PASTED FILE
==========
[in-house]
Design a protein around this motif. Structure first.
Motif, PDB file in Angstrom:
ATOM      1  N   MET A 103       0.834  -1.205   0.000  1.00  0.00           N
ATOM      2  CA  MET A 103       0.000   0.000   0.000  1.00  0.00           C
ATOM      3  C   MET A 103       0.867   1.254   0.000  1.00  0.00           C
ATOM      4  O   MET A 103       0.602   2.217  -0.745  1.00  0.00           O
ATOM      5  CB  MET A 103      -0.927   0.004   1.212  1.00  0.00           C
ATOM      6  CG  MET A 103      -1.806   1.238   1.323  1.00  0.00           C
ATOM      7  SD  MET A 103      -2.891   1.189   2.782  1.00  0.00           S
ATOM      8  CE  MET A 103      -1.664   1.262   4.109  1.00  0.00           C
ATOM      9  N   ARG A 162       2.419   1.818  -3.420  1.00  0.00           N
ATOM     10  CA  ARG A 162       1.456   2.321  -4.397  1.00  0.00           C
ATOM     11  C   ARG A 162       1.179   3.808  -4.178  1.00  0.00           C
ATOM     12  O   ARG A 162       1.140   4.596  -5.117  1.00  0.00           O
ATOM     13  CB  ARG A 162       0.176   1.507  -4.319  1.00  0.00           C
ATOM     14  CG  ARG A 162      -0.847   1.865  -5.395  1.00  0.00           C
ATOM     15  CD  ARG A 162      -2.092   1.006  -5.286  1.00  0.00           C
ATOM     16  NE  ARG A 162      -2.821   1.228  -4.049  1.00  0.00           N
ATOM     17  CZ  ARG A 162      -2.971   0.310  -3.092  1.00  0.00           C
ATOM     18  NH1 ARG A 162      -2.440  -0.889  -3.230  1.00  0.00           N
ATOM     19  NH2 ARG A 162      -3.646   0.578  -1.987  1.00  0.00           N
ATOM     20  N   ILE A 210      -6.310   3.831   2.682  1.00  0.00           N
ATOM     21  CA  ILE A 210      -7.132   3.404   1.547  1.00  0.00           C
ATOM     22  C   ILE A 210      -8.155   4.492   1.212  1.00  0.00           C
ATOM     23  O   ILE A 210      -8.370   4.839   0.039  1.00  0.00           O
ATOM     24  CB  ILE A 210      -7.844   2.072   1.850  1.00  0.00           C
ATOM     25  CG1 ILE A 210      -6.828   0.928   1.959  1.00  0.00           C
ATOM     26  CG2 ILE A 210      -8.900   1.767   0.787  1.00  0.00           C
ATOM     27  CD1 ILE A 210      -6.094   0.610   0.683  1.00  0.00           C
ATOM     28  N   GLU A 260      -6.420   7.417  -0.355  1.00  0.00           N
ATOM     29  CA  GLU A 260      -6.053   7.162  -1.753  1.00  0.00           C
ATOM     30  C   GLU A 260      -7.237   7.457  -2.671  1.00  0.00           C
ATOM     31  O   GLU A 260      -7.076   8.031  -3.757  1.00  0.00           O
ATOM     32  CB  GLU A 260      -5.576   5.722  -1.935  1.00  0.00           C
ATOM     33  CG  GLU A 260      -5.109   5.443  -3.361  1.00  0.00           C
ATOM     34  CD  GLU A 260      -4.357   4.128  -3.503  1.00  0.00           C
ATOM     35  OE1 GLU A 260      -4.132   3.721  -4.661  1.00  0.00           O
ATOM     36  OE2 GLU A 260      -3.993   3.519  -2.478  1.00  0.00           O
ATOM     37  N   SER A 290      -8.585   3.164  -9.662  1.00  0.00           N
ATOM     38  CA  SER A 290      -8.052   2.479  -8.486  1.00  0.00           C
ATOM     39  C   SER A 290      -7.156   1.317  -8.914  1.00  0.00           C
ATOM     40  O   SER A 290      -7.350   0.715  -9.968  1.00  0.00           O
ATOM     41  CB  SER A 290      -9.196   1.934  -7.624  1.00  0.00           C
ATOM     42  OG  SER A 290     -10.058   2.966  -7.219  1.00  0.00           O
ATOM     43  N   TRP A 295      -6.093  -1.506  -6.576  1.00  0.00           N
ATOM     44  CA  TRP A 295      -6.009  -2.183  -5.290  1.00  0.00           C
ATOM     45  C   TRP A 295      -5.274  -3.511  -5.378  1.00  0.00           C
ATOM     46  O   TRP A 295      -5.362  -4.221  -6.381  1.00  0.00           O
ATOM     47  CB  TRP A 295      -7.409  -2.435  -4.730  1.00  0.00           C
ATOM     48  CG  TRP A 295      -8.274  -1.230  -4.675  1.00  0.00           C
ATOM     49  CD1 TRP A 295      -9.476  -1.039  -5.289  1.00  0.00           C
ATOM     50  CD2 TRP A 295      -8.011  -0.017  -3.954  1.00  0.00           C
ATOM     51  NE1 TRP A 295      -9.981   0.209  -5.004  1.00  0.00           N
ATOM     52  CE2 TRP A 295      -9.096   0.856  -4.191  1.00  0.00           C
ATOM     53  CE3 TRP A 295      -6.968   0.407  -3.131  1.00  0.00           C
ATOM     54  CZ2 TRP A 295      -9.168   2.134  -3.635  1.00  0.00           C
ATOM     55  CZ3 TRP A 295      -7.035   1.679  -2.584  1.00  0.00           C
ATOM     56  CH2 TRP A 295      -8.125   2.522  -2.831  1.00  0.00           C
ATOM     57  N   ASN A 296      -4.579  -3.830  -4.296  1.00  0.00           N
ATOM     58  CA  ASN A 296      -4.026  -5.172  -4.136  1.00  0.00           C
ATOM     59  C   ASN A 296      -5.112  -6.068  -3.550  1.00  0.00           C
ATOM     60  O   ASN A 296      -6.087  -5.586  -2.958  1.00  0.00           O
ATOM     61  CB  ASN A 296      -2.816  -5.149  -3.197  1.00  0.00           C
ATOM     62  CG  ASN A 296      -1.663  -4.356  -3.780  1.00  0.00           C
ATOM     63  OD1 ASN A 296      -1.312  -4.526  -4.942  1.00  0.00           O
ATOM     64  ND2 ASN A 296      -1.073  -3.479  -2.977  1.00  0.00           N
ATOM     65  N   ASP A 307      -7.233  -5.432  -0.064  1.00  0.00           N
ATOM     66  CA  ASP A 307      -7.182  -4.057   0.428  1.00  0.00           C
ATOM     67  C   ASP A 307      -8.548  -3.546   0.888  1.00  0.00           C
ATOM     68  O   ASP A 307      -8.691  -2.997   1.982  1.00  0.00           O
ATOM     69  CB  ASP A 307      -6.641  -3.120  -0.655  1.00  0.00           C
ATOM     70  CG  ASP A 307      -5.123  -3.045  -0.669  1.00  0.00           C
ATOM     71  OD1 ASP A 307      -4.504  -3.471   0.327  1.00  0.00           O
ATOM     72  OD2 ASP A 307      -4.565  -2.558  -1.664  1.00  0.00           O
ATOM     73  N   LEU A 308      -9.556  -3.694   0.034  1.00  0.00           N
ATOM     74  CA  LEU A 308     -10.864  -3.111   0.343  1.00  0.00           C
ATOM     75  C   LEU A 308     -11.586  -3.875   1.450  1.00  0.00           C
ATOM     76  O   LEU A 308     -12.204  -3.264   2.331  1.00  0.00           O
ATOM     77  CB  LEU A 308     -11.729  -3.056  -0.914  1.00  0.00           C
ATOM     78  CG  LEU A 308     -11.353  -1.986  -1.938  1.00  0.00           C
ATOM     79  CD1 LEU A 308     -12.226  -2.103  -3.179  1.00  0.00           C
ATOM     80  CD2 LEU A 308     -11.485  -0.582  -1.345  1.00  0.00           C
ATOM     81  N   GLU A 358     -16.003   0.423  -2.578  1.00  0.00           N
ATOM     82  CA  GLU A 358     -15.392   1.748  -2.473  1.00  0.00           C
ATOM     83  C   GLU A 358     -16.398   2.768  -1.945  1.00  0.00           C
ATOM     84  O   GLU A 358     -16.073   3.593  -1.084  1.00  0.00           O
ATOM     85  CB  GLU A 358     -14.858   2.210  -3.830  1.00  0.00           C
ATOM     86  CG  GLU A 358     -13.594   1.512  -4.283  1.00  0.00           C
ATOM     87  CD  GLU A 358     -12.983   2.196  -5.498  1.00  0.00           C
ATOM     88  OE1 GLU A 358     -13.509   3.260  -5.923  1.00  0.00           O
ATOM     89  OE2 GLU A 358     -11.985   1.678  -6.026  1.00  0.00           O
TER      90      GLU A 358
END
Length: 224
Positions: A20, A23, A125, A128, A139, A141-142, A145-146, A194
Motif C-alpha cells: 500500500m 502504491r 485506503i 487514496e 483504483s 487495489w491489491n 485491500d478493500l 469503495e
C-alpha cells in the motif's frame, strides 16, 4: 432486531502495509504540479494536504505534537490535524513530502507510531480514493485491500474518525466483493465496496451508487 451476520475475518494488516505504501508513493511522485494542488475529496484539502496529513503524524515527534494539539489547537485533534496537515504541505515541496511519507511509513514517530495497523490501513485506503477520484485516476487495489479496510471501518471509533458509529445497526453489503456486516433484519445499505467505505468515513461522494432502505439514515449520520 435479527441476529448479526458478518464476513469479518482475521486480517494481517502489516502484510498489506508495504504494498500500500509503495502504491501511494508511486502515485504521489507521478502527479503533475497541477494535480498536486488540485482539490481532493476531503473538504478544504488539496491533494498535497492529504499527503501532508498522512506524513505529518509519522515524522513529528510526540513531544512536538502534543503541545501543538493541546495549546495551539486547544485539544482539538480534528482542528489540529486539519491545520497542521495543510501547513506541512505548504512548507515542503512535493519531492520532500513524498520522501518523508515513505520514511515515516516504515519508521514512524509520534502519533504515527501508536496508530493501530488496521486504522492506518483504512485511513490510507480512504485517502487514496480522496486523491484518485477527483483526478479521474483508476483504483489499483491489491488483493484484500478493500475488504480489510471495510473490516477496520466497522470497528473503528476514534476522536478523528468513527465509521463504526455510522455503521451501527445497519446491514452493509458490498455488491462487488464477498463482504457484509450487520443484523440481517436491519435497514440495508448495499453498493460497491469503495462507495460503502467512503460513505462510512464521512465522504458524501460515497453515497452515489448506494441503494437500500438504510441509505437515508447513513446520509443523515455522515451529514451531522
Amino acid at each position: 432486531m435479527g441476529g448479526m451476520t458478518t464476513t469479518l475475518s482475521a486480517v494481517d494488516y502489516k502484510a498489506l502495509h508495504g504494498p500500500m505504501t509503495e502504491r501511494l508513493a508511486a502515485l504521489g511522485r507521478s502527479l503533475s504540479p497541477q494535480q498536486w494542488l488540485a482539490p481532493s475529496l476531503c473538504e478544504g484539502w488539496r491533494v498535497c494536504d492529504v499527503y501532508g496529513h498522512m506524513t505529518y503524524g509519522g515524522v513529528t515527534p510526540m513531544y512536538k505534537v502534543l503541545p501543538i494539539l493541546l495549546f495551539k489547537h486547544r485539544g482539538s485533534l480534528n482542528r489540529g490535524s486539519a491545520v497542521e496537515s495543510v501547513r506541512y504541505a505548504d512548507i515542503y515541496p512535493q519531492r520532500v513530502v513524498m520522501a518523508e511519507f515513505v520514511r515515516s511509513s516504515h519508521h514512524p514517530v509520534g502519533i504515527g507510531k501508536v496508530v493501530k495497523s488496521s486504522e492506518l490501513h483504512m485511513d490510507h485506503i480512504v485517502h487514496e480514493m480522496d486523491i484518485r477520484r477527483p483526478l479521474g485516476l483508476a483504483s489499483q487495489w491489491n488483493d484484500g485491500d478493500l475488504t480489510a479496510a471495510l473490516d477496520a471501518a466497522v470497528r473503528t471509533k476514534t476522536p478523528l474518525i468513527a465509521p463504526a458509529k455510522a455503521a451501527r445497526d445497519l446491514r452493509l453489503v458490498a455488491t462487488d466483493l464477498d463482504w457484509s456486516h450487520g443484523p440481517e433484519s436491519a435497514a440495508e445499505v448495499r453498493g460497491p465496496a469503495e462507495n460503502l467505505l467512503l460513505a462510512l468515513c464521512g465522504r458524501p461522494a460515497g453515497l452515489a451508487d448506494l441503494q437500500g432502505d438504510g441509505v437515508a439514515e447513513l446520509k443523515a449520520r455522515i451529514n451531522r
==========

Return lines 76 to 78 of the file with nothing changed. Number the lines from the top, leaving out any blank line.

ATOM     73  N   LEU A 308      -9.556  -3.694   0.034  1.00  0.00           N
ATOM     74  CA  LEU A 308     -10.864  -3.111   0.343  1.00  0.00           C
ATOM     75  C   LEU A 308     -11.586  -3.875   1.450  1.00  0.00           C